LaToya Ruby Frazier is one of the 24 people selected fellows of the John D. and Catherine T. MacArthur Foundation. The fellowships, which have come to be known as “genius grants,” come with a stipend of $625,000 over five years — no strings attached.
LaToya Ruby Frazier, 33, is a photographer and video artist who uses visual autobiographies to capture social inequality and historical change in the postindustrial age. Informed by documentary practices from the turn of the last century, Frazier explores identities of place, race, and family in work that is a hybrid of self-portraiture and social narrative. Find out more about her work here.
LaToya Ruby Frazier received a B.F.A. (2004) from Edinboro University of Pennsylvania and an M.F.A. (2007) from Syracuse University. She held artist residencies at the Lower Manhattan Culture Council (2009–2010) and the Whitney Museum of American Art Independent Study Program (2010–2011) and was the Guna S. Mundheim Fellow at the American Academy in Berlin (2013–2014) before assuming her current position as assistant professor in the Department of Photography at the School of the Art Institute of Chicago. Frazier’s work has appeared in numerous exhibitions, including solo shows at the Brooklyn Museum, the Institute of Contemporary Art, Boston, the Seattle Art Museum, and the Contemporary Arts Museum, Houston. The Notion of Family, Frazier’s first book, was published in 2014.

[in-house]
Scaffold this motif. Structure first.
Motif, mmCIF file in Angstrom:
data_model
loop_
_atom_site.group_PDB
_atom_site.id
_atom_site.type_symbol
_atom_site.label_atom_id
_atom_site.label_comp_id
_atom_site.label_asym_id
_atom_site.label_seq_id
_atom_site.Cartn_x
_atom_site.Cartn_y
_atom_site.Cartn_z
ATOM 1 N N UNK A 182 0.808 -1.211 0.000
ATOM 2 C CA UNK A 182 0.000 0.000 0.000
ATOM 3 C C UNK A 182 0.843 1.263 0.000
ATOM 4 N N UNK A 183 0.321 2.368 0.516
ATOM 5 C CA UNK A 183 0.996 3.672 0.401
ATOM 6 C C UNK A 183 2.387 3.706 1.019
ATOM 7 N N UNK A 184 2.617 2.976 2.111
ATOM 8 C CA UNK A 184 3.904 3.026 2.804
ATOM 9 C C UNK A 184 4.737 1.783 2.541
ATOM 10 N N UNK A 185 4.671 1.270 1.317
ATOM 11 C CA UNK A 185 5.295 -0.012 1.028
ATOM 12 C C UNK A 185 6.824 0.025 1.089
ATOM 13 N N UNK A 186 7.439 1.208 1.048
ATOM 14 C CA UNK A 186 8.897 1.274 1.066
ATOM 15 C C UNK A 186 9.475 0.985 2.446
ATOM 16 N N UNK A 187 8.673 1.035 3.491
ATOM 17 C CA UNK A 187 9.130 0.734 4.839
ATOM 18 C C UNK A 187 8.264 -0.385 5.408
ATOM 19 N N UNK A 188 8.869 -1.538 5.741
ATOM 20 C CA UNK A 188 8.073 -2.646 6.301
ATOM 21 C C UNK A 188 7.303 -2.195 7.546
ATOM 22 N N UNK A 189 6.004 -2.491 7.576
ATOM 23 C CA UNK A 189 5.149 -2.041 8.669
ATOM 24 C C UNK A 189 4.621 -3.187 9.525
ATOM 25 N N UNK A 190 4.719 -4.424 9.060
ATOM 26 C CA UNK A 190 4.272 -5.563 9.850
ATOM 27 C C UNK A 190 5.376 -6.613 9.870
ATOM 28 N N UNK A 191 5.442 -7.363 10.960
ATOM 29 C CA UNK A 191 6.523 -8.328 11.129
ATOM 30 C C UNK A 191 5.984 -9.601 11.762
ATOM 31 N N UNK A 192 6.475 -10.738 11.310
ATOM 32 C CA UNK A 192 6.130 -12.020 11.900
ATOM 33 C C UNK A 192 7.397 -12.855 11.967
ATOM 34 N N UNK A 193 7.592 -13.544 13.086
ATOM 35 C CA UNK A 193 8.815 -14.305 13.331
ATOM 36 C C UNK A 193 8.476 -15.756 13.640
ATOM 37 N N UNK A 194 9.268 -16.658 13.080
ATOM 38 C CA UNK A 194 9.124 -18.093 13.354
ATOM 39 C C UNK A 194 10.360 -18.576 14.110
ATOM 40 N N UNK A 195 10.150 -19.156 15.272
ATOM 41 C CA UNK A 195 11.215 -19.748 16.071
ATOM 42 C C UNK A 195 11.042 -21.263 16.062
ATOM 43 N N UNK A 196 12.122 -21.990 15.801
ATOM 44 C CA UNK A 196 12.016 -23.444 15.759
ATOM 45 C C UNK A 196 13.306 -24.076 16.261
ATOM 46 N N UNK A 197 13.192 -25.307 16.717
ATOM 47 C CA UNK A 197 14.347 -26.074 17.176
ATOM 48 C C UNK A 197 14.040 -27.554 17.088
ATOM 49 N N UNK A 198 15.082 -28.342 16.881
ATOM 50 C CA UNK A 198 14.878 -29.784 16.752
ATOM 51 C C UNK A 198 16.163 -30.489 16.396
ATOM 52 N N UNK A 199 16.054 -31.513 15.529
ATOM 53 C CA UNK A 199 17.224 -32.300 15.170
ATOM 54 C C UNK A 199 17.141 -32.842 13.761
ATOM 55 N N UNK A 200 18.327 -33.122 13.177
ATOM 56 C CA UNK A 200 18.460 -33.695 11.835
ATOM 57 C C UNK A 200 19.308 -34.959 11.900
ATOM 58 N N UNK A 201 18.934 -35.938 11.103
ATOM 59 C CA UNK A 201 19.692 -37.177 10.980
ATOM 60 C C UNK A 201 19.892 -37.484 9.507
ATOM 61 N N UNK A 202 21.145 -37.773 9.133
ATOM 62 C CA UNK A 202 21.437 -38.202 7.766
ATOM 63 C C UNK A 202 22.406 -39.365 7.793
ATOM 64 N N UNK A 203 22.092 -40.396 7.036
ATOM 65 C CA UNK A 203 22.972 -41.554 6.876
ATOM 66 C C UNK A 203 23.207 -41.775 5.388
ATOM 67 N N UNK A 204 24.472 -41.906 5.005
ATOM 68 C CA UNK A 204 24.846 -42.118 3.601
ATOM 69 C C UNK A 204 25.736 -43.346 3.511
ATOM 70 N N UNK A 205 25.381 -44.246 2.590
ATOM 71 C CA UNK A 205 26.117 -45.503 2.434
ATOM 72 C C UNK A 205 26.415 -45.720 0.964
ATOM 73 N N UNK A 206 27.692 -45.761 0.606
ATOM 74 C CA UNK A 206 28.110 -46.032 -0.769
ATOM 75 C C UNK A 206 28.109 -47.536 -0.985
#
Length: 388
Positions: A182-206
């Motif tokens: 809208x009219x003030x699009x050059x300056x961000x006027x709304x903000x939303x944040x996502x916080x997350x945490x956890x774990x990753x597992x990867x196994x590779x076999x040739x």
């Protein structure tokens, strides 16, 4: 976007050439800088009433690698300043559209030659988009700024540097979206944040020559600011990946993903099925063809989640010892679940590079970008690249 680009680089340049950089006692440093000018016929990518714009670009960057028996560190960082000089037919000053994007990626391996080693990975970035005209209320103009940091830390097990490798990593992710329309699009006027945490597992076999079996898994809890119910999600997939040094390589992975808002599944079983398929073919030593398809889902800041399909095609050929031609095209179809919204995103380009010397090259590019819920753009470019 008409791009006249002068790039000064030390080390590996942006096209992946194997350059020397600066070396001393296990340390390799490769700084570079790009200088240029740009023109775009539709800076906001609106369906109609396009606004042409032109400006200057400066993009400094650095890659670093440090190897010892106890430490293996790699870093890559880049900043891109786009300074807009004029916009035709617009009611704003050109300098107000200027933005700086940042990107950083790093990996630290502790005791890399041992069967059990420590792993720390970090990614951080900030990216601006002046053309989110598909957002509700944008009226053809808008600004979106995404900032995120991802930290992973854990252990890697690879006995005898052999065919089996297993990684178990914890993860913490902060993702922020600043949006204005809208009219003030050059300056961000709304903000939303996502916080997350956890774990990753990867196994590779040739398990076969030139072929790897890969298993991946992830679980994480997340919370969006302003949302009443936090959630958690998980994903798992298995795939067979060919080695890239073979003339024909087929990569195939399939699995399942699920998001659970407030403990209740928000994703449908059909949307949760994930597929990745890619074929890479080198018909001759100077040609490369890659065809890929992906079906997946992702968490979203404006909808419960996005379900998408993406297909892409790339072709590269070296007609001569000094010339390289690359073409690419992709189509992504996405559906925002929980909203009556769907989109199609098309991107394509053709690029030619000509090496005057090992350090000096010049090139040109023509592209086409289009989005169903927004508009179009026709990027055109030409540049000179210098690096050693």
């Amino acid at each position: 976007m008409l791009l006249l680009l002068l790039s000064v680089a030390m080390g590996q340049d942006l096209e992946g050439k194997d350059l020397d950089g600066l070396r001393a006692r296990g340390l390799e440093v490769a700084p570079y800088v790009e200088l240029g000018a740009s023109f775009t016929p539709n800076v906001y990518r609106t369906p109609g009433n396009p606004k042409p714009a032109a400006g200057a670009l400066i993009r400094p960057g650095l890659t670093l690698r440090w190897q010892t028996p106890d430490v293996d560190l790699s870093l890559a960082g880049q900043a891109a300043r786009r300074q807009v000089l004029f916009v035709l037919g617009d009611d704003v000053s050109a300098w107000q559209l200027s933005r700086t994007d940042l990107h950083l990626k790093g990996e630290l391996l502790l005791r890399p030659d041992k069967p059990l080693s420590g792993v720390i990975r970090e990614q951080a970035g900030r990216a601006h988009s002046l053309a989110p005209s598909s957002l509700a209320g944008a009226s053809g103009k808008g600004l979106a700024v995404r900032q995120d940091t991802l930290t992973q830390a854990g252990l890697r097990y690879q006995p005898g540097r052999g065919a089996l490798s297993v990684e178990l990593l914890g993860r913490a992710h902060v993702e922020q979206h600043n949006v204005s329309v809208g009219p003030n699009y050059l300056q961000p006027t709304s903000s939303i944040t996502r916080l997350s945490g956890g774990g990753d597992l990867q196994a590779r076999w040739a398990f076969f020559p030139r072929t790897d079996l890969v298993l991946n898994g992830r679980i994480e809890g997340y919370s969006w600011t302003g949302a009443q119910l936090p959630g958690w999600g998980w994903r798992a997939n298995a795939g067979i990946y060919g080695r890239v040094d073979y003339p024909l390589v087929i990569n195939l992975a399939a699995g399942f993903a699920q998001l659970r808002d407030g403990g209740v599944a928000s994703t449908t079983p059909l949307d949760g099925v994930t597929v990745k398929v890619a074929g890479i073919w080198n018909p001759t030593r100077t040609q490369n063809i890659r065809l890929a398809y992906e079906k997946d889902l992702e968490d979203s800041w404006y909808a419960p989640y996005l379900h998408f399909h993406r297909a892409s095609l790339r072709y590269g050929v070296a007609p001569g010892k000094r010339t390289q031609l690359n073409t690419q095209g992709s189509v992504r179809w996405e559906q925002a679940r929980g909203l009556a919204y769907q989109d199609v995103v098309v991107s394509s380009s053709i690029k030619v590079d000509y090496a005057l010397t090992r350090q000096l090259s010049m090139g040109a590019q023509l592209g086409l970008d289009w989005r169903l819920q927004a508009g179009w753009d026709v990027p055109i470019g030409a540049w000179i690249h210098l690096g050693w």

The MacArthur Fellows Program awards unrestricted fellowships to talented individuals who have shown extraordinary originality and dedication in their creative pursuits and a marked capacity for self-direction. There are three criteria for selection of Fellows: exceptional creativity, promise for important future advances based on a track record of significant accomplishment, and potential for the fellowship to facilitate subsequent creative work.